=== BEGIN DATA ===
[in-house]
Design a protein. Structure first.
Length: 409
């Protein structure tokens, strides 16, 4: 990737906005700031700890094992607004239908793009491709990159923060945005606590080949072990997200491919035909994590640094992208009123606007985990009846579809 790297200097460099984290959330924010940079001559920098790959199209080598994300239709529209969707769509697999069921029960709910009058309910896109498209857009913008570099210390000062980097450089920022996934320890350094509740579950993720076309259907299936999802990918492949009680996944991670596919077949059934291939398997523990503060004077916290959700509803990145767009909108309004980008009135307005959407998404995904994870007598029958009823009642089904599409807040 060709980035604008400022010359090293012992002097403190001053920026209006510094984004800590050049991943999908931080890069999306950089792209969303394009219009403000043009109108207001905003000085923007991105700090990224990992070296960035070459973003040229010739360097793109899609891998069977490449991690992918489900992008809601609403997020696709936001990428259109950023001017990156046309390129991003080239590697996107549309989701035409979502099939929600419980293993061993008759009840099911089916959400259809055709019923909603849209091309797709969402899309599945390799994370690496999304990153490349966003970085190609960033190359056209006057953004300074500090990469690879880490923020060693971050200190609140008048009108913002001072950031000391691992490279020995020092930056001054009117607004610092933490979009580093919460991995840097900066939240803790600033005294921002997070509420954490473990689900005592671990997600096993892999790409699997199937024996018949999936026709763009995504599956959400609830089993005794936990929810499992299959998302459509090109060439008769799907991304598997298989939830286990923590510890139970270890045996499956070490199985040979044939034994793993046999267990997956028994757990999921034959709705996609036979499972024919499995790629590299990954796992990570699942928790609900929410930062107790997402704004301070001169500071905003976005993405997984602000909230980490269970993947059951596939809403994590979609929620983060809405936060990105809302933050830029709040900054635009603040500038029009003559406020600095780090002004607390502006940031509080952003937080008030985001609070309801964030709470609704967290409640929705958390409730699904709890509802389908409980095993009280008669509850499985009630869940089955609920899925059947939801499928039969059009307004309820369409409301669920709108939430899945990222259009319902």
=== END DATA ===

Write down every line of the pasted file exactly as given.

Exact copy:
[in-house]
Design a protein. Structure first.
Length: 409
């Protein structure tokens, strides 16, 4: 990737906005700031700890094992607004239908793009491709990159923060945005606590080949072990997200491919035909994590640094992208009123606007985990009846579809 790297200097460099984290959330924010940079001559920098790959199209080598994300239709529209969707769509697999069921029960709910009058309910896109498209857009913008570099210390000062980097450089920022996934320890350094509740579950993720076309259907299936999802990918492949009680996944991670596919077949059934291939398997523990503060004077916290959700509803990145767009909108309004980008009135307005959407998404995904994870007598029958009823009642089904599409807040 060709980035604008400022010359090293012992002097403190001053920026209006510094984004800590050049991943999908931080890069999306950089792209969303394009219009403000043009109108207001905003000085923007991105700090990224990992070296960035070459973003040229010739360097793109899609891998069977490449991690992918489900992008809601609403997020696709936001990428259109950023001017990156046309390129991003080239590697996107549309989701035409979502099939929600419980293993061993008759009840099911089916959400259809055709019923909603849209091309797709969402899309599945390799994370690496999304990153490349966003970085190609960033190359056209006057953004300074500090990469690879880490923020060693971050200190609140008048009108913002001072950031000391691992490279020995020092930056001054009117607004610092933490979009580093919460991995840097900066939240803790600033005294921002997070509420954490473990689900005592671990997600096993892999790409699997199937024996018949999936026709763009995504599956959400609830089993005794936990929810499992299959998302459509090109060439008769799907991304598997298989939830286990923590510890139970270890045996499956070490199985040979044939034994793993046999267990997956028994757990999921034959709705996609036979499972024919499995790629590299990954796992990570699942928790609900929410930062107790997402704004301070001169500071905003976005993405997984602000909230980490269970993947059951596939809403994590979609929620983060809405936060990105809302933050830029709040900054635009603040500038029009003559406020600095780090002004607390502006940031509080952003937080008030985001609070309801964030709470609704967290409640929705958390409730699904709890509802389908409980095993009280008669509850499985009630869940089955609920899925059947939801499928039969059009307004309820369409409301669920709108939430899945990222259009319902």